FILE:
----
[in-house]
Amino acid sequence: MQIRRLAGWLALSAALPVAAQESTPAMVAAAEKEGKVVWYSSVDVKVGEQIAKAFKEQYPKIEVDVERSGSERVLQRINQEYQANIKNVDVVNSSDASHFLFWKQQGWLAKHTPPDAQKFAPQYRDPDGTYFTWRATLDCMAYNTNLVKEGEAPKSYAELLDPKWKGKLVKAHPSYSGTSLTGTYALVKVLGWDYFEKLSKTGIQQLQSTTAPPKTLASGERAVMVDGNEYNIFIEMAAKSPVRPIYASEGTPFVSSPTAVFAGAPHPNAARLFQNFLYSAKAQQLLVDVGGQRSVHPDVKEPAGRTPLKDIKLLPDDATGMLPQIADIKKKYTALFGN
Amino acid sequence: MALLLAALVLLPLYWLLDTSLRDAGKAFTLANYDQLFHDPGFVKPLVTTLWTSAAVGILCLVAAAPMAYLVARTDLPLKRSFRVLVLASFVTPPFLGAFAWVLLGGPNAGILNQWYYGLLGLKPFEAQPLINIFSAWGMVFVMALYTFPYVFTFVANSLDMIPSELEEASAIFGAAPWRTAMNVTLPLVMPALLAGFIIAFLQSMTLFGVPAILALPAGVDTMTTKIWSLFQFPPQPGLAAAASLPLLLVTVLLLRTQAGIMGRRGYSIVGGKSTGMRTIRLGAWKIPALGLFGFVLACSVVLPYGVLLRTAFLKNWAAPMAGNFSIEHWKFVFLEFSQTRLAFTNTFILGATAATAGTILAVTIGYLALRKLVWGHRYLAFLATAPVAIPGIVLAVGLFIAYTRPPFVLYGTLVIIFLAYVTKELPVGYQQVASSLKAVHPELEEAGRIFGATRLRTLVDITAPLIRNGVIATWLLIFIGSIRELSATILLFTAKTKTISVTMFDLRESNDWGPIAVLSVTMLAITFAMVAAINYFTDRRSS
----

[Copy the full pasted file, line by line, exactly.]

[in-house]
Amino acid sequence: MQIRRLAGWLALSAALPVAAQESTPAMVAAAEKEGKVVWYSSVDVKVGEQIAKAFKEQYPKIEVDVERSGSERVLQRINQEYQANIKNVDVVNSSDASHFLFWKQQGWLAKHTPPDAQKFAPQYRDPDGTYFTWRATLDCMAYNTNLVKEGEAPKSYAELLDPKWKGKLVKAHPSYSGTSLTGTYALVKVLGWDYFEKLSKTGIQQLQSTTAPPKTLASGERAVMVDGNEYNIFIEMAAKSPVRPIYASEGTPFVSSPTAVFAGAPHPNAARLFQNFLYSAKAQQLLVDVGGQRSVHPDVKEPAGRTPLKDIKLLPDDATGMLPQIADIKKKYTALFGN
Amino acid sequence: MALLLAALVLLPLYWLLDTSLRDAGKAFTLANYDQLFHDPGFVKPLVTTLWTSAAVGILCLVAAAPMAYLVARTDLPLKRSFRVLVLASFVTPPFLGAFAWVLLGGPNAGILNQWYYGLLGLKPFEAQPLINIFSAWGMVFVMALYTFPYVFTFVANSLDMIPSELEEASAIFGAAPWRTAMNVTLPLVMPALLAGFIIAFLQSMTLFGVPAILALPAGVDTMTTKIWSLFQFPPQPGLAAAASLPLLLVTVLLLRTQAGIMGRRGYSIVGGKSTGMRTIRLGAWKIPALGLFGFVLACSVVLPYGVLLRTAFLKNWAAPMAGNFSIEHWKFVFLEFSQTRLAFTNTFILGATAATAGTILAVTIGYLALRKLVWGHRYLAFLATAPVAIPGIVLAVGLFIAYTRPPFVLYGTLVIIFLAYVTKELPVGYQQVASSLKAVHPELEEAGRIFGATRLRTLVDITAPLIRNGVIATWLLIFIGSIRELSATILLFTAKTKTISVTMFDLRESNDWGPIAVLSVTMLAITFAMVAAINYFTDRRSS